5 Things to Never Say to A Chronically Ill Person (From a Chronically Ill person) 

By: Nicole Chedraoui

This year, 2022, will mark the fifth year of my life that I’ve spent battling my chronic illness, Postural Orthostatic Tachycardia Syndrome (POTS); and in honor of this thrilling anniversary, I found it only appropriate to touch on the anomalies that are invisible illnesses. Illnesses such as my own are funny, for someone may look at me and assume I’m a perfectly functional, capable, active 18-year-old, even if in reality I couldn’t walk to my kitchen table that day. Because of these presumptions, sometimes the people around me find it imperative that they give out their unsolicited medical advice and expertise. They’ll give their mom’s uncle’s son’s opinion on the way I (and others with my illness) should go about life. I know that so many around me truly do have their best intentions at heart and genuinely only confide in me out of love and concern, however this article isn’t about those people. NO, this article is based off real life interactions and experiences I’ve had that left a sour taste in my mouth. Today I want to bring to light some of the things I’ve been told in hopes that others will listen with an open mind.

  1. You’re Too Young To be Sick! 

If I had a dollar for every time those of an older generation scolded me for “not taking advantage of my prime,” or “exaggerating” pain simply because of my youth, I would have befriended Bezos AGES ago. The immediate correlation many make between the concepts of adolescence and health are astounding; after all, society told us this is supposed to be the prime of our life! When I was first told this, I laughed and gave a shoulder shrug; I took such invalidation of my symptoms as perhaps a funny joke or as light teasing. It was after the third or fourth time someone over the age of 50 told me “you’re the healthiest now you’ll ever be,” that I finally became enraged. I then had to have a mature and empathetic conversation reiterating the validity of my problems and further explain how my life was quite the opposite. Like lots of adolescent illnesses, this is a disability that most will grow out of. Disability has no timeline!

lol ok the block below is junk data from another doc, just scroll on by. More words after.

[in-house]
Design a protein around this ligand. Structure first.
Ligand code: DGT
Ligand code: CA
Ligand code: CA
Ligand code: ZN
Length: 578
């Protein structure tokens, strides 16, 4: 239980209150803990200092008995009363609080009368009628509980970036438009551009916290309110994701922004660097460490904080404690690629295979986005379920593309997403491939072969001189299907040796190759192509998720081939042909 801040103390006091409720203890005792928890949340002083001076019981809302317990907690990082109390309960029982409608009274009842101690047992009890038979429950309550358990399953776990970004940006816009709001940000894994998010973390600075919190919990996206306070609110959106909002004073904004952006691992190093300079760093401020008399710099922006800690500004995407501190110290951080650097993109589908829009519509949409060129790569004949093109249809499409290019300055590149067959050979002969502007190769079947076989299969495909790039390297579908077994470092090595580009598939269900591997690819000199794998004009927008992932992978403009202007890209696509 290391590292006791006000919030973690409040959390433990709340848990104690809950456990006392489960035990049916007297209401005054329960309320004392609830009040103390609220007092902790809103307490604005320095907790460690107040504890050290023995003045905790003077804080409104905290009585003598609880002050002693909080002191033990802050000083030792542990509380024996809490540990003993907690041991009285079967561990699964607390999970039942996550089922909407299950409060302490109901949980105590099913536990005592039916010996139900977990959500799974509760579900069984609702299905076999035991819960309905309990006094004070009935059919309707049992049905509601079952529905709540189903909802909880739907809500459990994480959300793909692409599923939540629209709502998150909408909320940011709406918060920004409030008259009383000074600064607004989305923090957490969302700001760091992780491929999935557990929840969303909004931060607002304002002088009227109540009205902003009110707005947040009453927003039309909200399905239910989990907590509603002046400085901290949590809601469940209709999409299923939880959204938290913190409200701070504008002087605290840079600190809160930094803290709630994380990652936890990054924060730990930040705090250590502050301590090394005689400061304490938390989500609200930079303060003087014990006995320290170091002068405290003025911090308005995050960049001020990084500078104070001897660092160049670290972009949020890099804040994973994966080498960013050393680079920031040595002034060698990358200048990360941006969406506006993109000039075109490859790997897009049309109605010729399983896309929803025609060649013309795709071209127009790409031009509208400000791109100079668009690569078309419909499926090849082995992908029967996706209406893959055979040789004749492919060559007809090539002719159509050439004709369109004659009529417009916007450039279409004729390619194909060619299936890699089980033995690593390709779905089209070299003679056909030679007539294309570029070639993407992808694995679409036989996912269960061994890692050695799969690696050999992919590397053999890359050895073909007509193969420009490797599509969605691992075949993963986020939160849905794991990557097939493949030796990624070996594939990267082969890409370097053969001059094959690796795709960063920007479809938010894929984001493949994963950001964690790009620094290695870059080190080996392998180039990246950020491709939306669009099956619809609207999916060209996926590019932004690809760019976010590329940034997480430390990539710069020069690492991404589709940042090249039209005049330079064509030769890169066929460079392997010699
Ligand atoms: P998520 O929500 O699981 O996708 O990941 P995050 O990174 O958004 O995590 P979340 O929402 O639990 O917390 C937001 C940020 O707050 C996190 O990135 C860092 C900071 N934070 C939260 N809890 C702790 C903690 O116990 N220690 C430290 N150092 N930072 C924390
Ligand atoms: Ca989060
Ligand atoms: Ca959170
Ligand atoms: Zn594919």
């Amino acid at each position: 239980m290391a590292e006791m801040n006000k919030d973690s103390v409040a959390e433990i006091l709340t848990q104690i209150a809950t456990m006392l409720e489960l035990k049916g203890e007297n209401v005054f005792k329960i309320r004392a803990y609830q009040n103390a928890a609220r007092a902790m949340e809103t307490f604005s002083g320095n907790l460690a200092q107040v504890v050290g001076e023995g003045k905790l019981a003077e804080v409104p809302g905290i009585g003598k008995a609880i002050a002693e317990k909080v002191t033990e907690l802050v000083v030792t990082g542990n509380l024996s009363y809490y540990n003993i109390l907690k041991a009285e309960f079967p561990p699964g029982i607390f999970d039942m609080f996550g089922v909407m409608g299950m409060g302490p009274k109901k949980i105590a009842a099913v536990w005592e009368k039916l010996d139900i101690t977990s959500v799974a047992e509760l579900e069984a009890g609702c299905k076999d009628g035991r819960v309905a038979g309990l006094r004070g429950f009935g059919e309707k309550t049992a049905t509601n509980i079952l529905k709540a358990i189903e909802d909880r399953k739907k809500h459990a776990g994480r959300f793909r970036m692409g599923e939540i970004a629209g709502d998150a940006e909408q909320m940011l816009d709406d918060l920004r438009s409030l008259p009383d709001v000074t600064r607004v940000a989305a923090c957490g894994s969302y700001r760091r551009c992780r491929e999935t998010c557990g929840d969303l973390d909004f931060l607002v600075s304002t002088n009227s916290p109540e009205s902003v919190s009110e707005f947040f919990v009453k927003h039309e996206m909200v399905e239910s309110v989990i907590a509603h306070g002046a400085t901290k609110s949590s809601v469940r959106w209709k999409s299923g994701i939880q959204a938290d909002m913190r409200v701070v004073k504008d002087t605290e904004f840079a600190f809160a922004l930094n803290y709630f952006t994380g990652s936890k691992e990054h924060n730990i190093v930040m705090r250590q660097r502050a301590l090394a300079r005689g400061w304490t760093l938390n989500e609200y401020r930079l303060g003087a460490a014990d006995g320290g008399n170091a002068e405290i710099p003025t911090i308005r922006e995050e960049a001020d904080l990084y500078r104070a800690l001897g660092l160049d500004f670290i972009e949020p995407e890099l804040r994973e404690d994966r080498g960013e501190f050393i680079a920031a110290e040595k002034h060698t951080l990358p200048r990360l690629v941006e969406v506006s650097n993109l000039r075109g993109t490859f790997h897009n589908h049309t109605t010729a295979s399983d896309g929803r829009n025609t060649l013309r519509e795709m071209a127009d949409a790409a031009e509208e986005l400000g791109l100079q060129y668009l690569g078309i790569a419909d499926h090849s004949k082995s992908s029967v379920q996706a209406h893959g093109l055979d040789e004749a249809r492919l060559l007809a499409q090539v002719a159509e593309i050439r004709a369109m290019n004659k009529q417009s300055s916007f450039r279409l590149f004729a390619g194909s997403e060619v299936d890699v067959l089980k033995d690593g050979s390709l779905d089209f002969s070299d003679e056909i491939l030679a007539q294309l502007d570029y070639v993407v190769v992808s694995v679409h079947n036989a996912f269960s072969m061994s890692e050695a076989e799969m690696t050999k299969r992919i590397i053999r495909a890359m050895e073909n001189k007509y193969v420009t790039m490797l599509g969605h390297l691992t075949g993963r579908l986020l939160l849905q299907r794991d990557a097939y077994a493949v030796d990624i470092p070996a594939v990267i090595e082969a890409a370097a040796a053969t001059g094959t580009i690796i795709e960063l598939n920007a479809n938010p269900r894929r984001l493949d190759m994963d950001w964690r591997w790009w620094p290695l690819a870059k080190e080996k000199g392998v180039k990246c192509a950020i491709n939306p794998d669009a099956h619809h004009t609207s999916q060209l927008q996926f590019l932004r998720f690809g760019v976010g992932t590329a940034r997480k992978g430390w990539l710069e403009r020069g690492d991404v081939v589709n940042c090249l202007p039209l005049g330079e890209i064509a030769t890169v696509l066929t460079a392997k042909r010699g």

1. You’re Lucky You Don’t Have to Go To School/Work!